Academic community calls for multidisciplinary approach to reduce health inequalities

Inequalities in health may have different causes, yet the most persistent and man-made are linked to the social factor. Socio-economic position, education or access to healthcare are likely to have considerable impact on our physical and mental wellbeing, as they do on the susceptibility to diseases. So what can societies and especially lawmakers do to reduce the inequalities caused by these factors?

Around 200 researchers, civil society representatives, and members of the public discussed these and further questions at the “Social Inequalities in Health Symposium“. The event was organised by Académie nationale de médecine in partnership with ALLEA and FEAM, the Federation of European Academies of Medecine, and took place on 22 January 2020 in Paris.

Sadly, health inequalities in all European countries are increasing even though we know many of the causes. It was stressed at the symposium that with so much evidence at our disposal we need to act decisively and bring stakeholders from research, civil society, policy and the wider society together to develop policies concerning inequalities.‘, says Professor Graham Caie, Vice President of ALLEA, who chaired the session on health systems, education and mental health. ‘Medical, social and educational factors of health inequalities are closely interlineked and require a multidisciplinary approach. Our networks of academies can assist with finding the best experts to investigate this vitally important topic.’

The recent symposium in Paris followed a successful joint conference of ALLEA and FEAM in November 2019 in Brussels. This event looked further into exploring how vulnerable groups such as migrants often find themselves challenged for various reasons, from language barriers to adaptability of healthcare systems in receiving countries.

The following day, invited experts from across Europe and North America attended a workshop focusing on key methodologies of health inequalities research. This meeting emerged from a joint ALLEA-FEAM-KNAW (the Royal Netherlands Academy of Arts and Sciences) project that seeks to synthesise the evidence-base and identify consensus among the various disciplines involved in the subject of health inequalities. A subsequent expert workshop will address causalities and socioeconomic inequalities in health will take place on 18 March in Berlin.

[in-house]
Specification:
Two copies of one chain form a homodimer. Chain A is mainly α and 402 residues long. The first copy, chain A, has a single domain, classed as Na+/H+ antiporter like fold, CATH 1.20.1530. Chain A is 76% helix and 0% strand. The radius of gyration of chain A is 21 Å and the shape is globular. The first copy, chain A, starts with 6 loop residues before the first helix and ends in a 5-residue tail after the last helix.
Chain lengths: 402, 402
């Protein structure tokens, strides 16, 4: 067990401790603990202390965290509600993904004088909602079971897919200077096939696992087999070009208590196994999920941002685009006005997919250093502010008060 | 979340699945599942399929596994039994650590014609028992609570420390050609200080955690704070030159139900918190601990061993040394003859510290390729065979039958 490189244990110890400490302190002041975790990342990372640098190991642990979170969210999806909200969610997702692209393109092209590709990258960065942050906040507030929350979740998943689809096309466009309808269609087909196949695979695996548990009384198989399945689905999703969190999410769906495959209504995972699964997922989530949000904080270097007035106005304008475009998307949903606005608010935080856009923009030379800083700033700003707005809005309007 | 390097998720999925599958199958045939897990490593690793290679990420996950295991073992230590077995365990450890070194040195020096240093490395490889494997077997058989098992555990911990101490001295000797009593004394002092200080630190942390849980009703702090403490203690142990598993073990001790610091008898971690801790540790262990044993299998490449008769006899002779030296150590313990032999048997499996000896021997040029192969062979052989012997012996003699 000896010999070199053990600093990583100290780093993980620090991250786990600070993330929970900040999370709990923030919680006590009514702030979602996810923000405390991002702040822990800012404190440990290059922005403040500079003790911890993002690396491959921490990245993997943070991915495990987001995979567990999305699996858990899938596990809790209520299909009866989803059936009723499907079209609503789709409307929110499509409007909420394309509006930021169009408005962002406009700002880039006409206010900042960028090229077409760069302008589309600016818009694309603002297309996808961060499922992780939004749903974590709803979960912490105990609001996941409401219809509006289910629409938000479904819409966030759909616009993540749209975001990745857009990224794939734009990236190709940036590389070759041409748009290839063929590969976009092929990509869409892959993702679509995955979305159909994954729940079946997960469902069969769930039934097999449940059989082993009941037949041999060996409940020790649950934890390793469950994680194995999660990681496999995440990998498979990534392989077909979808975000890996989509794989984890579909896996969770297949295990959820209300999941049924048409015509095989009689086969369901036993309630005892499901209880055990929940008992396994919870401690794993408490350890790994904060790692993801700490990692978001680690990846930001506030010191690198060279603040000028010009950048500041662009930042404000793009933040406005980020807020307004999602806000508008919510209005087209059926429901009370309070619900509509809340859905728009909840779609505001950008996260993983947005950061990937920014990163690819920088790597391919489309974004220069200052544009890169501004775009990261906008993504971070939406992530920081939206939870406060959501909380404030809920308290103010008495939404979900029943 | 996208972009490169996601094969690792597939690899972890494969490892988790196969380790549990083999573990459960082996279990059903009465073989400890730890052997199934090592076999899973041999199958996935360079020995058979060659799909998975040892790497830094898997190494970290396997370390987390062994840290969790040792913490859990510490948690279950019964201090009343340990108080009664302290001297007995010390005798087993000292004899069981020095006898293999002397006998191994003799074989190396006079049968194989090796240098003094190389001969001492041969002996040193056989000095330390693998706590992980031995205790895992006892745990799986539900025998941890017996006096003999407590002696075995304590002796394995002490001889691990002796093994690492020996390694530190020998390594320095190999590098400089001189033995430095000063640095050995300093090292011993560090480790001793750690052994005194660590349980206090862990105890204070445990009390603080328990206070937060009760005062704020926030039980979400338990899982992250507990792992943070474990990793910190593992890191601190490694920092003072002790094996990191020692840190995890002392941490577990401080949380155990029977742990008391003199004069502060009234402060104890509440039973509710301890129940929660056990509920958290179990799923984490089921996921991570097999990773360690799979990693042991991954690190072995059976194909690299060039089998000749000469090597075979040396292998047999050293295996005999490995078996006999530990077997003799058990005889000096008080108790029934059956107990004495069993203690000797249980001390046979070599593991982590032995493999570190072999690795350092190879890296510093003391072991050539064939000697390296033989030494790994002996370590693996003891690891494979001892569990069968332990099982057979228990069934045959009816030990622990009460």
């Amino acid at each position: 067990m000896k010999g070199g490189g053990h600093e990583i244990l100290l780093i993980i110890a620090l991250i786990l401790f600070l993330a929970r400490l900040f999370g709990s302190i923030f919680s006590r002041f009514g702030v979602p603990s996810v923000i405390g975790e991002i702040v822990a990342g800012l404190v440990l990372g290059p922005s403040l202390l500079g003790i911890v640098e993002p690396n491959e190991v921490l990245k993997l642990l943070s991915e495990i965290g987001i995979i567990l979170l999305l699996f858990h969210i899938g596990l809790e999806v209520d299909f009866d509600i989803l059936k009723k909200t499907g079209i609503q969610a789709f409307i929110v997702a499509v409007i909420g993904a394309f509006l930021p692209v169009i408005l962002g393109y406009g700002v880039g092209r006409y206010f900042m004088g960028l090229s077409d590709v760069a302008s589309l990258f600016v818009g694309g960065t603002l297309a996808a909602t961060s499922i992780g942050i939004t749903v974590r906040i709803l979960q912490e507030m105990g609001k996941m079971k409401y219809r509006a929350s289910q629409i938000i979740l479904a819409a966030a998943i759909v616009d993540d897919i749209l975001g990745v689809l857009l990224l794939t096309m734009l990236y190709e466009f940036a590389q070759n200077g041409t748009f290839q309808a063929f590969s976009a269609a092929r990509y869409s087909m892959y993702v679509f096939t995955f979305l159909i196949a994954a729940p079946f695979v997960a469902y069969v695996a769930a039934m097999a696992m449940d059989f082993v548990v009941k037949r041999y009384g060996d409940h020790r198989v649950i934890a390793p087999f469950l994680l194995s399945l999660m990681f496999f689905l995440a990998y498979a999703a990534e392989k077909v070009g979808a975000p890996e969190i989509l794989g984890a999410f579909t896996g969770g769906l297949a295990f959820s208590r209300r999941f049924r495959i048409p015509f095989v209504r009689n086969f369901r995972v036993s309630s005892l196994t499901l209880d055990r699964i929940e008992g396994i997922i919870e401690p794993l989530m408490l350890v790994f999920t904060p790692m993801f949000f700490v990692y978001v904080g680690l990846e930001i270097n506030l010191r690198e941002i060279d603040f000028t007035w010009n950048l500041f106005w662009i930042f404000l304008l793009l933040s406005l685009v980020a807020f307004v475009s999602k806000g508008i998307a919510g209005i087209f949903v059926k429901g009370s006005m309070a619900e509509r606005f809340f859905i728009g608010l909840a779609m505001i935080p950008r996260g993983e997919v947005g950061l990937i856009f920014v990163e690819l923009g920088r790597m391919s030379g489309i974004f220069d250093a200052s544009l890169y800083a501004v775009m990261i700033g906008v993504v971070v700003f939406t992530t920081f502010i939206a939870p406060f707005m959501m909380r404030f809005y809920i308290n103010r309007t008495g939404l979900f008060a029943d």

Conference report ‘Migration, Health and Medicine’ released

The ALLEA-FEAM report of the conference ‘Migration, Health and Medicine’ is now available. The publication summarises the discussions of the event held in Brussels on 22 November 2019. It provides the basis for a scientifically sound analysis on migrant health and, among other topics, addresses the methods and strategies to collect valid and comparable data on this issue.

The conference was organised by ALLEA and the Federation of European Academies of Medicine (FEAM), and hosted by the Royal Academies of Medicine of Belgium (ARMB and KAGB) in collaboration with the French Academy of Medicine (ANM).

Migrant health from a scientific perspective

Migrant health is determined by multiple factors, from socio-economic aspects of health to biological and environmental interactions influencing the health of migrant populations. However, the generalisation of research findings from one community or from one country to the regional or global levels faces considerable hurdles.

From the policy side in Europe, the complexity increases due to the various levels of governance at the EU. Whereas many aspects of migration and health can be dealt with an EU approach, the provision of healthcare services is managed by Member States.

The report seeks to inform policy debates on this pressing issue from a scientific perspective. It also underlines the need for academia, policymakers, civil society and international organisations to join forces to provide scientifically validated data on the health of refugees and migrants across Europe and the world.